Japan’s job availability fell to its lowest level in almost seven years in September, with many returning to the labor market following a gradual resumption of economic activity that had been slowed by the coronavirus pandemic, government data showed Friday.
The job-to-applicant ratio worsened to 1.03 from 1.04 in August, falling for the ninth month in a row to its lowest level since December 2013, according to the Health, Labor and Welfare Ministry. The ratio means there were 103 job openings for every 100 job seekers.
But the level of deterioration was less severe than a 0.04 point fall in August and a 0.12 point plunge in May, the sharpest monthly drop in over 46 years, logged in the wake of the government’s state of emergency declaration over the virus in early April.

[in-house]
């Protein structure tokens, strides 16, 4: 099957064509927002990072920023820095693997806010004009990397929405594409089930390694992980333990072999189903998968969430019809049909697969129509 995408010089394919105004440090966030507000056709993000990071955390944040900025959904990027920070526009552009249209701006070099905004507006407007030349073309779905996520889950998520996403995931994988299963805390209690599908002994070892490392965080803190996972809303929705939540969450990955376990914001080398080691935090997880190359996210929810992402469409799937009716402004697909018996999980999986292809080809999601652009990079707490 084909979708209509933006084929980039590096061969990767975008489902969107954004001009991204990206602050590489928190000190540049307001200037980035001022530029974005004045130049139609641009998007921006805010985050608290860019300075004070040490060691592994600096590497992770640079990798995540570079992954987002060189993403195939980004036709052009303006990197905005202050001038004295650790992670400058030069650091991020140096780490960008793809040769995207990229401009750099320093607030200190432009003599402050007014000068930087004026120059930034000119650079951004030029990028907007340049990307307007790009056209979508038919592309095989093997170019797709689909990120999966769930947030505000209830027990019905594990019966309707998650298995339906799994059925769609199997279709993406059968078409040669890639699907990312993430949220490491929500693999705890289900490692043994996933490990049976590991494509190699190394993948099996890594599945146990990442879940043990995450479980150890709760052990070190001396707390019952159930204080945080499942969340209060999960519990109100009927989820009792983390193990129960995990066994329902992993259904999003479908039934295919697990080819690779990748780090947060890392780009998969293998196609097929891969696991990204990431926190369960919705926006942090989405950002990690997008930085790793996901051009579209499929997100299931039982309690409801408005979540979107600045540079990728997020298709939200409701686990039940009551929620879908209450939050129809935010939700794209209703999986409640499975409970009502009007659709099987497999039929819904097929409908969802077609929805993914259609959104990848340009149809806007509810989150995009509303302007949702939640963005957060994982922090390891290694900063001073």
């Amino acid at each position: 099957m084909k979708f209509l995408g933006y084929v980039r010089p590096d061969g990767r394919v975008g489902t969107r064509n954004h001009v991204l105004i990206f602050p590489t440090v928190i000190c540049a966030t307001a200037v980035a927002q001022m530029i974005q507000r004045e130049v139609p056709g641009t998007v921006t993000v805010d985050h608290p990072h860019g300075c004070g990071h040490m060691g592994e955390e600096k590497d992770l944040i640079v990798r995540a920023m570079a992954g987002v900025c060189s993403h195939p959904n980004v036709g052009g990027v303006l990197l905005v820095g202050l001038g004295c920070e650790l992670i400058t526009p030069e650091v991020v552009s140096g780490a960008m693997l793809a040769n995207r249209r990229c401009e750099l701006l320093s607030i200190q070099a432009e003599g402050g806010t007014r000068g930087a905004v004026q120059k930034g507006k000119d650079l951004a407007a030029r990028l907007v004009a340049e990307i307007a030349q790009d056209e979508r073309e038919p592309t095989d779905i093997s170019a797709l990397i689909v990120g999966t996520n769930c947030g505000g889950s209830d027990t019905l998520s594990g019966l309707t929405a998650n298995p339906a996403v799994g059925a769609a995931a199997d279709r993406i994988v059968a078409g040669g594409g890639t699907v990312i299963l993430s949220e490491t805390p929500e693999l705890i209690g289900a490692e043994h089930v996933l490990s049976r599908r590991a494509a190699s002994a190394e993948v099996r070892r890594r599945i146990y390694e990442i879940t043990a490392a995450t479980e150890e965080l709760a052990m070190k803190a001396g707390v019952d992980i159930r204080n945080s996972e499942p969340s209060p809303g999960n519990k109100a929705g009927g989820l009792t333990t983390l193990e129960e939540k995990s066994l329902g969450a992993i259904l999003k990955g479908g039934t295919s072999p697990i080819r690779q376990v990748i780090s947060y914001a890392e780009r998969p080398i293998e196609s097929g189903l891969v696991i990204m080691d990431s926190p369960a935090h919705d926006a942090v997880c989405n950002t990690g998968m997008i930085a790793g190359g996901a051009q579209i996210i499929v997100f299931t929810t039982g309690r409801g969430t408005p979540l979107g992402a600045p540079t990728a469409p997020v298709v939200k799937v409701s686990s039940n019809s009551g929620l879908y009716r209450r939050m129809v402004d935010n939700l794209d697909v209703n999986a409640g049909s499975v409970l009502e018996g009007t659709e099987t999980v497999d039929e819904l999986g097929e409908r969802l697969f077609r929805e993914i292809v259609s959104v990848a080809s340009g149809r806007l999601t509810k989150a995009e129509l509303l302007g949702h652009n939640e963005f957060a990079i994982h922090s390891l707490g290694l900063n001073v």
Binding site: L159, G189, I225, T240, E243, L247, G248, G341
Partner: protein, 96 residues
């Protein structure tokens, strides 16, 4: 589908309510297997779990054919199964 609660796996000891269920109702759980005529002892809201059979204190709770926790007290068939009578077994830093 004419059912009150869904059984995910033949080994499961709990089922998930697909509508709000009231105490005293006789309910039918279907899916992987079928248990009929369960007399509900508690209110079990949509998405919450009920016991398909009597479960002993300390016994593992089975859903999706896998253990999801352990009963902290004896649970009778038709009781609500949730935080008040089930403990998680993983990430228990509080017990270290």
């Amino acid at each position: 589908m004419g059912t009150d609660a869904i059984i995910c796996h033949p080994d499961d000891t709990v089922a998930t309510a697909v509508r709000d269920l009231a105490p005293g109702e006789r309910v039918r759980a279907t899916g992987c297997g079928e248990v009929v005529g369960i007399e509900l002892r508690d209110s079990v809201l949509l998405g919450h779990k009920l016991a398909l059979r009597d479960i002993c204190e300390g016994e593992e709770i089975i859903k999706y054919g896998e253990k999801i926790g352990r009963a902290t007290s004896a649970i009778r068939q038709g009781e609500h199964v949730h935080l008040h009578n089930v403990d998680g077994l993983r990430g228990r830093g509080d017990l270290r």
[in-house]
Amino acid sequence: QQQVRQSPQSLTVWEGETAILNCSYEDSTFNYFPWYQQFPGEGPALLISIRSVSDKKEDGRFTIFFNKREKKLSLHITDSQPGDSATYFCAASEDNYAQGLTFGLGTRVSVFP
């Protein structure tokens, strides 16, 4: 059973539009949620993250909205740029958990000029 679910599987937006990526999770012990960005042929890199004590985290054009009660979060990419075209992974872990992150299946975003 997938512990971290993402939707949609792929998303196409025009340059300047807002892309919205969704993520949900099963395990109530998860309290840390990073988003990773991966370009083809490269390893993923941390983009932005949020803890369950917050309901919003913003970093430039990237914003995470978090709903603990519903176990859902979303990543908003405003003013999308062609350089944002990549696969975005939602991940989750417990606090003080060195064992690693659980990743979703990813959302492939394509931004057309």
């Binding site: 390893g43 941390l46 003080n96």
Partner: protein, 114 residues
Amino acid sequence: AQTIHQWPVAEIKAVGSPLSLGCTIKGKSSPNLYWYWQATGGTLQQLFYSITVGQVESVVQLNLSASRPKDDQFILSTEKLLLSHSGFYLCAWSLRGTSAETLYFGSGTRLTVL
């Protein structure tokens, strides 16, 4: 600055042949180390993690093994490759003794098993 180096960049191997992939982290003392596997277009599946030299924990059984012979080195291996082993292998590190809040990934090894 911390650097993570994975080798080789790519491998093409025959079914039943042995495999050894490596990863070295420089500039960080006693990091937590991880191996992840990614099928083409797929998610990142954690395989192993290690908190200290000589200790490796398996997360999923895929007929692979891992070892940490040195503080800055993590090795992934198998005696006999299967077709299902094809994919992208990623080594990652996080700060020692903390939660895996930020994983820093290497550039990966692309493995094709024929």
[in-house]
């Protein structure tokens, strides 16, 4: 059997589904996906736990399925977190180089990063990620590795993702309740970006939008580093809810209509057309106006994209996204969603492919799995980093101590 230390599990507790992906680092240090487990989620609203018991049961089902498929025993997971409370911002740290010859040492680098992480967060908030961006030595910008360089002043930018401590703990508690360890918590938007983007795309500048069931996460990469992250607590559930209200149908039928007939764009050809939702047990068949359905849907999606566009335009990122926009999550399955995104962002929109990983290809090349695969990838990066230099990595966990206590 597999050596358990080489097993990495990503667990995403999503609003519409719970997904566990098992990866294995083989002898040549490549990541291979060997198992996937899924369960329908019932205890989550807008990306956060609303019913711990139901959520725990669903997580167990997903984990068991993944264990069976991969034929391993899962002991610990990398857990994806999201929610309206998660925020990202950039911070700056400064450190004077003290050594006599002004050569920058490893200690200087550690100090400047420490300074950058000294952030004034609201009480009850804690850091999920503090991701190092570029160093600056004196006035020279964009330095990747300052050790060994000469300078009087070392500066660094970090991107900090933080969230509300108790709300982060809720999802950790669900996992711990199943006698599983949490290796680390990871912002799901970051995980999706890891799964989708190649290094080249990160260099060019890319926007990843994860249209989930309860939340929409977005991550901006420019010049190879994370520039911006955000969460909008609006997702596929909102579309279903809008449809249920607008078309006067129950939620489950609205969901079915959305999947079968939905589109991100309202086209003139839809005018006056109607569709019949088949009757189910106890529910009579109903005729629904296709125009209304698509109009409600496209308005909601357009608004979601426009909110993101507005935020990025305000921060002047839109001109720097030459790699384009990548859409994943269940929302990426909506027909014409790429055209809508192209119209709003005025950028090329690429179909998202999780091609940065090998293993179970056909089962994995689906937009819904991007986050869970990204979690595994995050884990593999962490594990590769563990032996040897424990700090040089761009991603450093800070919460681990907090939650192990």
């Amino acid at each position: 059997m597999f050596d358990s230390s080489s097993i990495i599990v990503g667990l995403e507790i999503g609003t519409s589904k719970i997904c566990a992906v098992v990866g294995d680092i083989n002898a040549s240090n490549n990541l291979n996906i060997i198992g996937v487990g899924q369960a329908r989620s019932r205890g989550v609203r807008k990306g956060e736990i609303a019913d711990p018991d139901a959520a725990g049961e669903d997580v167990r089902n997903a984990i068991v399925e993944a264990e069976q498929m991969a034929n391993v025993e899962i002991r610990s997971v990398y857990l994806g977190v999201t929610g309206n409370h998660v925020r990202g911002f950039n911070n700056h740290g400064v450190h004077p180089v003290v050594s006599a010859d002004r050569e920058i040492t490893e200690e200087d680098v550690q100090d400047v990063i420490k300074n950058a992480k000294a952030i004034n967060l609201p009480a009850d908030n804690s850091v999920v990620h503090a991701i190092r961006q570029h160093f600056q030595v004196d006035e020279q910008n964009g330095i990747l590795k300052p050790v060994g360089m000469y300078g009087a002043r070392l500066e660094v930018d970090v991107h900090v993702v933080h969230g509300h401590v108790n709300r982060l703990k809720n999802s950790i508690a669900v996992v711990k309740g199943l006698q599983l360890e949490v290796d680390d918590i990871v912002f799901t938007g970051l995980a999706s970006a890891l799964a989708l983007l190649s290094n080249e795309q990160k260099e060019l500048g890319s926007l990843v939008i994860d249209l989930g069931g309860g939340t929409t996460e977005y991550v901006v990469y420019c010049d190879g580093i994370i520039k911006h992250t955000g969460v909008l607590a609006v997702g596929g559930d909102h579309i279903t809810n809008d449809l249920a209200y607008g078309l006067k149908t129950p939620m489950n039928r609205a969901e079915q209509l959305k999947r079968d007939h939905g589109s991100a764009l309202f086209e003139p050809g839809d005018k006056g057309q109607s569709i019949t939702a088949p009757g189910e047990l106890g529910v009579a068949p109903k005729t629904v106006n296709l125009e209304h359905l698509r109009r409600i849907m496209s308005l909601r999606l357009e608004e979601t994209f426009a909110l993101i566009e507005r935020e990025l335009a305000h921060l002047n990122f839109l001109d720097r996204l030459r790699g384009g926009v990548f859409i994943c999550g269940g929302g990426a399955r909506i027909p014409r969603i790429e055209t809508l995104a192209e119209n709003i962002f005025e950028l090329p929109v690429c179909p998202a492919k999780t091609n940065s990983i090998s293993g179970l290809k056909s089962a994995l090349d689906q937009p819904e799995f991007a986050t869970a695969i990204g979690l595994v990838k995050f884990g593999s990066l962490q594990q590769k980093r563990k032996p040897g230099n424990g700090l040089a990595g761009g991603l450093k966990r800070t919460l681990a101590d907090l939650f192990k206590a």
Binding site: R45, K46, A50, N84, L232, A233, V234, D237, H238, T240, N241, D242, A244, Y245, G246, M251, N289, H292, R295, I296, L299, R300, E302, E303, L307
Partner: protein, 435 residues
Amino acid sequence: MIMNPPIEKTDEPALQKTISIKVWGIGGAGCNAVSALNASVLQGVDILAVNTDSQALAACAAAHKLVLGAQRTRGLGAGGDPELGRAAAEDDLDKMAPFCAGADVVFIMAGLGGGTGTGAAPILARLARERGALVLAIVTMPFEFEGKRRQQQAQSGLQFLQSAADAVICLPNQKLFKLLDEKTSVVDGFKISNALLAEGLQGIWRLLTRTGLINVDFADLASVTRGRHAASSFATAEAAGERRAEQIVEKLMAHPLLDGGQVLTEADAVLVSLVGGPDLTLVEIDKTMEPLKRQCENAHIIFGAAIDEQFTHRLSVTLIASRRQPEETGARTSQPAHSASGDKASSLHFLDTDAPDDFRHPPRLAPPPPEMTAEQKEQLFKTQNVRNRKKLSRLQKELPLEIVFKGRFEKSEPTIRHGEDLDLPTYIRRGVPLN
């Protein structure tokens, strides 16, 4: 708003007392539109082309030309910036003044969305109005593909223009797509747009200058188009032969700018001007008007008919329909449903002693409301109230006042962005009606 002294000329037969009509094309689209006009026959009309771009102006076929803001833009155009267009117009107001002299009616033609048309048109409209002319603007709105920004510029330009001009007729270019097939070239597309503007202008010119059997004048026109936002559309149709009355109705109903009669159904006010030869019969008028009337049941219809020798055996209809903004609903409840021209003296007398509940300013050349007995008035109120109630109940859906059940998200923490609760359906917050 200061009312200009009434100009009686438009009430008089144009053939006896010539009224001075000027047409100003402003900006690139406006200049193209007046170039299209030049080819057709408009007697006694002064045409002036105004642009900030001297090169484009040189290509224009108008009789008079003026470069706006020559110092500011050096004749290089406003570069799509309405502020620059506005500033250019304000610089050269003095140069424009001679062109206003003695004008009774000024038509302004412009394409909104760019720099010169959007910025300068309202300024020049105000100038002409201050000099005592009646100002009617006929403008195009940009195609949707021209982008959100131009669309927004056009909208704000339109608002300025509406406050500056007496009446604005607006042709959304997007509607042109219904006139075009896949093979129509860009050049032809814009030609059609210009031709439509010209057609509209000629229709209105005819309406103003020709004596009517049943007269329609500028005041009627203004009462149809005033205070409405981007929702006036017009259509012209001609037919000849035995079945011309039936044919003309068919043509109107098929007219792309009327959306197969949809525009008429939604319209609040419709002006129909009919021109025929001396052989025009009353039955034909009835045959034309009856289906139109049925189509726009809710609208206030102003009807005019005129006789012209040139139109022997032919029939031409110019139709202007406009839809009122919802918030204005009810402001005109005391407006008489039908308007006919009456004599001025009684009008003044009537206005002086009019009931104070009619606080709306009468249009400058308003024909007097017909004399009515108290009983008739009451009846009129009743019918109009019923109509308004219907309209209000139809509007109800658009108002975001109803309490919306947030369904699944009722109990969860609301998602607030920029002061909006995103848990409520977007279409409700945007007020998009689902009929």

Separate data from the Internal Affairs and Communications Ministry showed the jobless rate in September stood at 3.0%, unchanged from August, when it increased for the second consecutive month.
The results showed the initial heavy blow by the pandemic to the country’s labor market has been gradually easing, although it remained in a severe condition even after the complete lifting of the emergency declaration in late May.
“We can presume that most people who lost their job following the state of emergency were able to return to the labor market, instead of remaining jobless,” a government official said, briefing reporters.
The number of jobless people, before seasonal adjustment, increased 420,000 from a year earlier to 2.10 million, up for the eighth straight month.
That of people in work fell 790,000 to 66.89 million, down for the sixth consecutive month.
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